Recently, one study reported an increase in absenteeism in more than half of parents during the first year after their child’s disease diagnosis.25 Similarly, certain authors have indicated that 20% of parents of children with JIA request a leave of absence during the first year after the child’s diagnosis, and 3% stop working in order to take care of the child.25,44 Minden et al reported a mean indirect cost due to time loss from work of €270 per year per German family in 2009.37 Our results show that annual expenditures (Spain, 2020), due to the parents’ work absences represented one of the largest factors for all indirect cost: €148.30 (SD €254.10) in the case of the fathers and €183.70 (SD €279.60) for mothers.

A recent study in Spain described the characteristics, prevalence of comorbidities, and use of primary care services by chronic pediatric patients and analyzed factors associated with the weight of complexity according to adjusted morbidity groups (AMG).45 Patients with chronic disease under 18 years of age, stratified by risk levels, were analyzed. Primary care consultation is one of the most consumed resources, and the average number of visits to the primary care pediatrician was 4.9 (SD, 6.3). The most prevalent chronic diseases were asthma (38.8%), attention deficit hyperactivity disorder (ADHD) (1.8%), anemia (1.7%), and obesity (1.4%). Healthcare contact, in-person interactions, and pediatrician consultations per year were higher in medium-risk than in low-risk patients [23.4 (18.2)/22.9 (15.3)/18.4 (13.7) vs 7.5 (6.9)/7.8(6.2)/4.4 (5.4)] (p < .01). In our study, the number of consultations (mean [SD]) to primary healthcare pediatric services of JIA patients was 11.6 (12.3) in a period of 24 months, as expected in chronic pathologies classified as mild, which is consistent with the JIA status (disease activity, disability and quality of life) shown by the patients in the study, despite the fact that the patients included had moderate to severe JIA that had required bDMARD.

A possible limitation of the present study is that the results can only be generalized to a specific population of children with moderate to severe nonsystemic JIA who have required treatment with biologic DMARDs; followed up in a tertiary hospital; and had a long evolution of the disease, long-term treatment with bDMARD, and a close disease follow-up. On the other hand, there is a high standard deviation on cost values that could be related to differences between disease activity of the patients included, almost all of whom were in remission, but some of whom had high disease activity. The number of children with JIA and moderate and high activity in our study is small (9.6% and 7.6%, respectively), as with the number of patients with disability (5.6% with moderate and none with severe), which has not allowed cost comparisons between the groups or the ability to find significant differences. Other study limitations are the comparison at different periods of the disease and the time on treatment, comparison with csDMARDs treatment, and the lack of data on the cost of the patient’s route to reach remission of the disease.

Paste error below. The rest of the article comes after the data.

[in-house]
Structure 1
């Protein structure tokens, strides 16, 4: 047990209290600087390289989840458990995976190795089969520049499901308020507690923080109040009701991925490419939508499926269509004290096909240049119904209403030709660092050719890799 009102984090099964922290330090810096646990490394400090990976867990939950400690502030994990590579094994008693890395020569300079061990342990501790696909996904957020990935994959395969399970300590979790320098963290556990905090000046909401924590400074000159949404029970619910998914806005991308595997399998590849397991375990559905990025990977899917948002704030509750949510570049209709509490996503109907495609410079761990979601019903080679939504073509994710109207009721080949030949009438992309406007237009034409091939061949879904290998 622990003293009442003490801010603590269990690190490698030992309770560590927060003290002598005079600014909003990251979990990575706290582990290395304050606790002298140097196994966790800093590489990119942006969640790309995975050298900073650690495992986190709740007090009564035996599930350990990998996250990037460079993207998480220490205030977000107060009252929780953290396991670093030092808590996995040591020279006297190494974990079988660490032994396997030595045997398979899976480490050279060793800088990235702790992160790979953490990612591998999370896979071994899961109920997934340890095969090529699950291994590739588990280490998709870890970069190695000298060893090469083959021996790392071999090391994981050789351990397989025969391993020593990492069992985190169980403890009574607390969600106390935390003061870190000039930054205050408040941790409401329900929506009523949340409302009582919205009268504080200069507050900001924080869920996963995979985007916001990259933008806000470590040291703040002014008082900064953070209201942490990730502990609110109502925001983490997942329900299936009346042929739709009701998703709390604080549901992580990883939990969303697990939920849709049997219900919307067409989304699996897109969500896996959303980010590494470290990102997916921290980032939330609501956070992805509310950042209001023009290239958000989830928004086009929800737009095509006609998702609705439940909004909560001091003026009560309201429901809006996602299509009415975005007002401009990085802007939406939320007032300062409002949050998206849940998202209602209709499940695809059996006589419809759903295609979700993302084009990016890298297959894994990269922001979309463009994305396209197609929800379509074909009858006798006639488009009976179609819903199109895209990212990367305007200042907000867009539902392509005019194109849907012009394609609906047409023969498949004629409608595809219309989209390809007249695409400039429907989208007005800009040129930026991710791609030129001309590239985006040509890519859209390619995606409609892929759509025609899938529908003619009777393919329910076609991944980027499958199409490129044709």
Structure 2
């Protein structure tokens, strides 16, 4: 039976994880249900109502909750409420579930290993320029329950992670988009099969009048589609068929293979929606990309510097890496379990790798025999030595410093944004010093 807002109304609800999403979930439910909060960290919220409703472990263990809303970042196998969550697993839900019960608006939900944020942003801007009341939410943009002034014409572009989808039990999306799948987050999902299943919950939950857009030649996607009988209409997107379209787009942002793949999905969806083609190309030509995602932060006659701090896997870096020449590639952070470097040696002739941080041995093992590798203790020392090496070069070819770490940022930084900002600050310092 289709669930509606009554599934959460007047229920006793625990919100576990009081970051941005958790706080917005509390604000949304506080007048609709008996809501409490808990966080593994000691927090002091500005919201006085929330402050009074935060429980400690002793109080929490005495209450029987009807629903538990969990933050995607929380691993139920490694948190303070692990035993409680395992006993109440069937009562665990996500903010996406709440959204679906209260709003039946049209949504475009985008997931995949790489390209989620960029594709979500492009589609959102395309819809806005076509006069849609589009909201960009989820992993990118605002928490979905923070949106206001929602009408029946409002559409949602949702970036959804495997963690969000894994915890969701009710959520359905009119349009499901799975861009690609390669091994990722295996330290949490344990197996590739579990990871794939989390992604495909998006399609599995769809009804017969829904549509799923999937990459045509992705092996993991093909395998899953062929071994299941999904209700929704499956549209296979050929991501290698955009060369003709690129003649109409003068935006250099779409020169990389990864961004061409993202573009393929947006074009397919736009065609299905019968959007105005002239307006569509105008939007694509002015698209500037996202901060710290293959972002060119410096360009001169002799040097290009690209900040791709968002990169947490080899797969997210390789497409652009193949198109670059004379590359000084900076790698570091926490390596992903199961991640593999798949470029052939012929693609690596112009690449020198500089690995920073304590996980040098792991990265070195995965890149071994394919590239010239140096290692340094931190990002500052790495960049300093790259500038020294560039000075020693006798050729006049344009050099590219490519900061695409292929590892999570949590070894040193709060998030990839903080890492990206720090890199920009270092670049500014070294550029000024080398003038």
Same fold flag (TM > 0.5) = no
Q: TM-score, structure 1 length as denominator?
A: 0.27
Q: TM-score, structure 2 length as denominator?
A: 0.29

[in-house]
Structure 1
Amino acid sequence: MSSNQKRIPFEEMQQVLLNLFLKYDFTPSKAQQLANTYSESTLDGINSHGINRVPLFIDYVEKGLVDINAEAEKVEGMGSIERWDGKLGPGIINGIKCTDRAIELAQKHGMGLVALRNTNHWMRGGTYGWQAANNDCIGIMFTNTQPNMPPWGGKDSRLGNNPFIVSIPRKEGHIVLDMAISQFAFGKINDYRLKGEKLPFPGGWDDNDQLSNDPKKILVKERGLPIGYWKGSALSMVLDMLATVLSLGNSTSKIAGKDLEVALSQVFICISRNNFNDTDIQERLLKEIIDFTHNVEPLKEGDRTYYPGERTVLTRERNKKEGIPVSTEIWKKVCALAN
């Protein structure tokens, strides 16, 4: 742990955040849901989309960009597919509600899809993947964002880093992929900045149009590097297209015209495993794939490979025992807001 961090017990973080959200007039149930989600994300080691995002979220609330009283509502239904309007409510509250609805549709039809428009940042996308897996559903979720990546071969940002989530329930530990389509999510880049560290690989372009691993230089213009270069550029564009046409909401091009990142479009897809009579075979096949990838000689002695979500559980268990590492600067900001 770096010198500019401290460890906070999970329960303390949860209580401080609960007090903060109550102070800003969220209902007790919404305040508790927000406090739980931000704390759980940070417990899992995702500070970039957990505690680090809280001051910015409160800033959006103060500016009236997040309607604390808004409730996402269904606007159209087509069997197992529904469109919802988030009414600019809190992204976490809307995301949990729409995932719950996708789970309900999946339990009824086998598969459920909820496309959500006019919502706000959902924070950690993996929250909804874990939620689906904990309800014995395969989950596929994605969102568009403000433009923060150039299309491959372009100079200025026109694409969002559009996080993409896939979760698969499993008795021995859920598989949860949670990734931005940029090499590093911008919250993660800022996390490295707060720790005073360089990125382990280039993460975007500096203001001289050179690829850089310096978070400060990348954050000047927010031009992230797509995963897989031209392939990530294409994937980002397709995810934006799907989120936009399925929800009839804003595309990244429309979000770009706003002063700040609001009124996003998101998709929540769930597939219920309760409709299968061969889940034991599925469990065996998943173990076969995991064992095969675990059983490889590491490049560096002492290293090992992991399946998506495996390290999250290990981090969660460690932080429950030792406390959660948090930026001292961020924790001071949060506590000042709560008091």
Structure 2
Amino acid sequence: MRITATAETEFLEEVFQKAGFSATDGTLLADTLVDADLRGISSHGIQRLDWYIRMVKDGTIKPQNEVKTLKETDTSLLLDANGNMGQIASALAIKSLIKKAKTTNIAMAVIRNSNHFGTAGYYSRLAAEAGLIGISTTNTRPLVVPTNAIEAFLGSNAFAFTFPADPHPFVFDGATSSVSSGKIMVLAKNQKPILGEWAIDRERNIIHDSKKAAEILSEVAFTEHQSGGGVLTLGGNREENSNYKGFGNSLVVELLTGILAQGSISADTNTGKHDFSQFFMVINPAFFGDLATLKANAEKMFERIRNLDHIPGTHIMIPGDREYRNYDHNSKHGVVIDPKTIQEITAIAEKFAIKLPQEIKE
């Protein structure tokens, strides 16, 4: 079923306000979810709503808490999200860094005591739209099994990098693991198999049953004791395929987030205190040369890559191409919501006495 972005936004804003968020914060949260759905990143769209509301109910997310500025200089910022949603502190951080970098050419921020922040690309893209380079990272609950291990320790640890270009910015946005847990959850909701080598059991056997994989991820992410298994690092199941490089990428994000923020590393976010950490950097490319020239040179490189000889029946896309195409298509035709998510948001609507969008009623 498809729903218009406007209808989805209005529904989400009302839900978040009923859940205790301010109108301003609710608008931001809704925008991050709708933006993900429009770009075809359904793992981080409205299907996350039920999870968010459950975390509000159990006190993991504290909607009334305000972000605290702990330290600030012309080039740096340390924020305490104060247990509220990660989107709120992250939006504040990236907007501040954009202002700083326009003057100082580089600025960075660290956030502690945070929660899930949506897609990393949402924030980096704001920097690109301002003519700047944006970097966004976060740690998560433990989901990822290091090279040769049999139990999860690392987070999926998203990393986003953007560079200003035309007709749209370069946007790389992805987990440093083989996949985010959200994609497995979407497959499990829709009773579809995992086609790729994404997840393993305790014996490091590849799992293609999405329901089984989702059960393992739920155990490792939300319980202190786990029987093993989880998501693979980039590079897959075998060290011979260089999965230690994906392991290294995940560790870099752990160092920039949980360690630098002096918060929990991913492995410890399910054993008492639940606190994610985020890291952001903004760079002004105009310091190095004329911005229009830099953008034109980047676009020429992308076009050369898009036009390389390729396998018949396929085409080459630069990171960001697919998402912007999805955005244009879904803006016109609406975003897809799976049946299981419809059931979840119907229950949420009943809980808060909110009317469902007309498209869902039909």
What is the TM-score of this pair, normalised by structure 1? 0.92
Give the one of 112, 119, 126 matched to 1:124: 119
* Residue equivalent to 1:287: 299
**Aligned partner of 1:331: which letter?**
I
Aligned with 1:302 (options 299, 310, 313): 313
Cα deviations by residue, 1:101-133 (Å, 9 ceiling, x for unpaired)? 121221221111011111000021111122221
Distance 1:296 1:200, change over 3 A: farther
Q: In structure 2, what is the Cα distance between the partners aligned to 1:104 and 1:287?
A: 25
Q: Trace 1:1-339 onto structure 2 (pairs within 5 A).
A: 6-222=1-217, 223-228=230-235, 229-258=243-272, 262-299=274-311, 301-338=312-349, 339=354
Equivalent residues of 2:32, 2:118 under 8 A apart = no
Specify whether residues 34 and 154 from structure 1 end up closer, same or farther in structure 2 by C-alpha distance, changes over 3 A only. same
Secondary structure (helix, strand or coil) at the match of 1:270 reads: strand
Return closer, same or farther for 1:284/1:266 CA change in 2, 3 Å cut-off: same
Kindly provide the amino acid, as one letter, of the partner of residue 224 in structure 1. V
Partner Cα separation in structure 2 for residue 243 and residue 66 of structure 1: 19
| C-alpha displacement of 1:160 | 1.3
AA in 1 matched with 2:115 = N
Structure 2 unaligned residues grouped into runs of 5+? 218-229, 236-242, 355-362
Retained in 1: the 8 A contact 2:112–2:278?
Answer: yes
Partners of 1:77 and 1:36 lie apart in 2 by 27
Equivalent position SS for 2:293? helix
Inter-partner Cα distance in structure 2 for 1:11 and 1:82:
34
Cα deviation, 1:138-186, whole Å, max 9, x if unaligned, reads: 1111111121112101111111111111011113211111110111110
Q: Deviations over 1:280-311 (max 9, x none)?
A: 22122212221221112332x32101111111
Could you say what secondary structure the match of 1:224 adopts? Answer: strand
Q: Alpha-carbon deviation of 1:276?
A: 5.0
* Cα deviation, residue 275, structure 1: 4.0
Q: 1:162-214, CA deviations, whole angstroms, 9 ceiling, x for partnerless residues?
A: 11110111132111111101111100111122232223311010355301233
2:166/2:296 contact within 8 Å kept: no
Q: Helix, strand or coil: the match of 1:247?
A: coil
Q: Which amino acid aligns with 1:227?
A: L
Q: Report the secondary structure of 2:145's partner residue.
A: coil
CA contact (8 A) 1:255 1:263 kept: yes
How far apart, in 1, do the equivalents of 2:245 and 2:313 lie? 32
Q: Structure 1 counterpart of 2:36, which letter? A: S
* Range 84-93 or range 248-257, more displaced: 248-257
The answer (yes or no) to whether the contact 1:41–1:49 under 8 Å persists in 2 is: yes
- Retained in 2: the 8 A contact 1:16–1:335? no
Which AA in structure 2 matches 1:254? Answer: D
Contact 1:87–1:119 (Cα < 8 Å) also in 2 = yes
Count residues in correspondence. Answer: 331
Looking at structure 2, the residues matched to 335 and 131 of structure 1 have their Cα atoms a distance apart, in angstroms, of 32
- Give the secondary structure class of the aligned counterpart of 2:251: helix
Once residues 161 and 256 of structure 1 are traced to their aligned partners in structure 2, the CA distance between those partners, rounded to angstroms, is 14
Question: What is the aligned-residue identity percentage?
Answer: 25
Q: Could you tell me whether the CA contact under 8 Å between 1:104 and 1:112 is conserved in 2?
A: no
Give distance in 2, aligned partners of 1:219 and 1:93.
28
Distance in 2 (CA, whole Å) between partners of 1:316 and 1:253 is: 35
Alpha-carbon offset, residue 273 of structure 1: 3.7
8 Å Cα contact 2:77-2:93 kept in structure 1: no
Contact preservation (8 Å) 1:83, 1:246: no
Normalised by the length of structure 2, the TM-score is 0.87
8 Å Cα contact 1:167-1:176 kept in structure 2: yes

In conclusion, JIA patients incur considerable healthcare costs. JIA generates important charges to the Spanish healthcare system and patients’ families. Compared with previous studies, our results show lower annual healthcare costs. Several reasons could explain this finding: centers are reference centers with high expertise in patient management, early diagnosis and treatment, close patient follow-up, and the usage of long-term biologic treatments. All these factors make it possible to achieve and maintain inactive/low disease activity and a very low functional disability and, as consequence, a reduced healthcare cost. Public costs are partially due to the high cost of biologic drugs, which have also proved to be an effective long-term treatment to maintain inactive or low disease activity, a very low functional disability, and a good quality of life. Real cost-consequence studies of treatments and patient management are necessary to introduce not only the direct cost related to the medication, but also the whole set of other direct and indirect costs, into the equation.